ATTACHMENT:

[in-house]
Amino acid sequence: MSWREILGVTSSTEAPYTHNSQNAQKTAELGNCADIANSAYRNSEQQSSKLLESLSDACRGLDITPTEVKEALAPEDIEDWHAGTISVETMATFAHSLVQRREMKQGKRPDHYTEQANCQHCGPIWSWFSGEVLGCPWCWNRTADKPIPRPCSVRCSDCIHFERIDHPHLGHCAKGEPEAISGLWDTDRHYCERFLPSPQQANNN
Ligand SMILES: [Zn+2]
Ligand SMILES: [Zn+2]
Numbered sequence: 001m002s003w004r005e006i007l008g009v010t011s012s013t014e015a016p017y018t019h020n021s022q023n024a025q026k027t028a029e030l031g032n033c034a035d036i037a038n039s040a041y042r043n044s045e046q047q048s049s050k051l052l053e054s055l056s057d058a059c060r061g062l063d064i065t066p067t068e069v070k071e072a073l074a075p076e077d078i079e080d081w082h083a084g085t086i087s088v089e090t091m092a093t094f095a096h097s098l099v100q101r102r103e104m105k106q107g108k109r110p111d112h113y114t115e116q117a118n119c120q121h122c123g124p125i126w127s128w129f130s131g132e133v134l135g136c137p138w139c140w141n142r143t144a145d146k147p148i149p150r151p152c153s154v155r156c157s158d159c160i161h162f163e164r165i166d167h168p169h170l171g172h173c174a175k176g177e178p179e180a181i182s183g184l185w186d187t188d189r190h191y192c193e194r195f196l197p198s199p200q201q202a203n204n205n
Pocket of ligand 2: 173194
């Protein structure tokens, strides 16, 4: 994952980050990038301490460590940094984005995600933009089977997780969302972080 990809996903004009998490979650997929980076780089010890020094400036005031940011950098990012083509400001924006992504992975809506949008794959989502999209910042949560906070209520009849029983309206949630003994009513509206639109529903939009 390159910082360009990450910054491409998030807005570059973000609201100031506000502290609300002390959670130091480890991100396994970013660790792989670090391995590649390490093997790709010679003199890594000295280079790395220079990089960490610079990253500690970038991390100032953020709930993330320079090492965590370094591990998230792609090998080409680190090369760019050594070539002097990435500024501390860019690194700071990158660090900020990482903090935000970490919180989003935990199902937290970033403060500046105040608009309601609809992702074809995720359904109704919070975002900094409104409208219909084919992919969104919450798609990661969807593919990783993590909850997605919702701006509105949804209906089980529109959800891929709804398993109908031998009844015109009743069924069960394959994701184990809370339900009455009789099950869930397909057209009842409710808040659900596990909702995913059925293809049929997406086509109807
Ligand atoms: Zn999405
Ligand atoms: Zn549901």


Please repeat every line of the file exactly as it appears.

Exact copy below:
[in-house]
Amino acid sequence: MSWREILGVTSSTEAPYTHNSQNAQKTAELGNCADIANSAYRNSEQQSSKLLESLSDACRGLDITPTEVKEALAPEDIEDWHAGTISVETMATFAHSLVQRREMKQGKRPDHYTEQANCQHCGPIWSWFSGEVLGCPWCWNRTADKPIPRPCSVRCSDCIHFERIDHPHLGHCAKGEPEAISGLWDTDRHYCERFLPSPQQANNN
Ligand SMILES: [Zn+2]
Ligand SMILES: [Zn+2]
Numbered sequence: 001m002s003w004r005e006i007l008g009v010t011s012s013t014e015a016p017y018t019h020n021s022q023n024a025q026k027t028a029e030l031g032n033c034a035d036i037a038n039s040a041y042r043n044s045e046q047q048s049s050k051l052l053e054s055l056s057d058a059c060r061g062l063d064i065t066p067t068e069v070k071e072a073l074a075p076e077d078i079e080d081w082h083a084g085t086i087s088v089e090t091m092a093t094f095a096h097s098l099v100q101r102r103e104m105k106q107g108k109r110p111d112h113y114t115e116q117a118n119c120q121h122c123g124p125i126w127s128w129f130s131g132e133v134l135g136c137p138w139c140w141n142r143t144a145d146k147p148i149p150r151p152c153s154v155r156c157s158d159c160i161h162f163e164r165i166d167h168p169h170l171g172h173c174a175k176g177e178p179e180a181i182s183g184l185w186d187t188d189r190h191y192c193e194r195f196l197p198s199p200q201q202a203n204n205n
Pocket of ligand 2: 173194
């Protein structure tokens, strides 16, 4: 994952980050990038301490460590940094984005995600933009089977997780969302972080 990809996903004009998490979650997929980076780089010890020094400036005031940011950098990012083509400001924006992504992975809506949008794959989502999209910042949560906070209520009849029983309206949630003994009513509206639109529903939009 390159910082360009990450910054491409998030807005570059973000609201100031506000502290609300002390959670130091480890991100396994970013660790792989670090391995590649390490093997790709010679003199890594000295280079790395220079990089960490610079990253500690970038991390100032953020709930993330320079090492965590370094591990998230792609090998080409680190090369760019050594070539002097990435500024501390860019690194700071990158660090900020990482903090935000970490919180989003935990199902937290970033403060500046105040608009309601609809992702074809995720359904109704919070975002900094409104409208219909084919992919969104919450798609990661969807593919990783993590909850997605919702701006509105949804209906089980529109959800891929709804398993109908031998009844015109009743069924069960394959994701184990809370339900009455009789099950869930397909057209009842409710808040659900596990909702995913059925293809049929997406086509109807
Ligand atoms: Zn999405
Ligand atoms: Zn549901």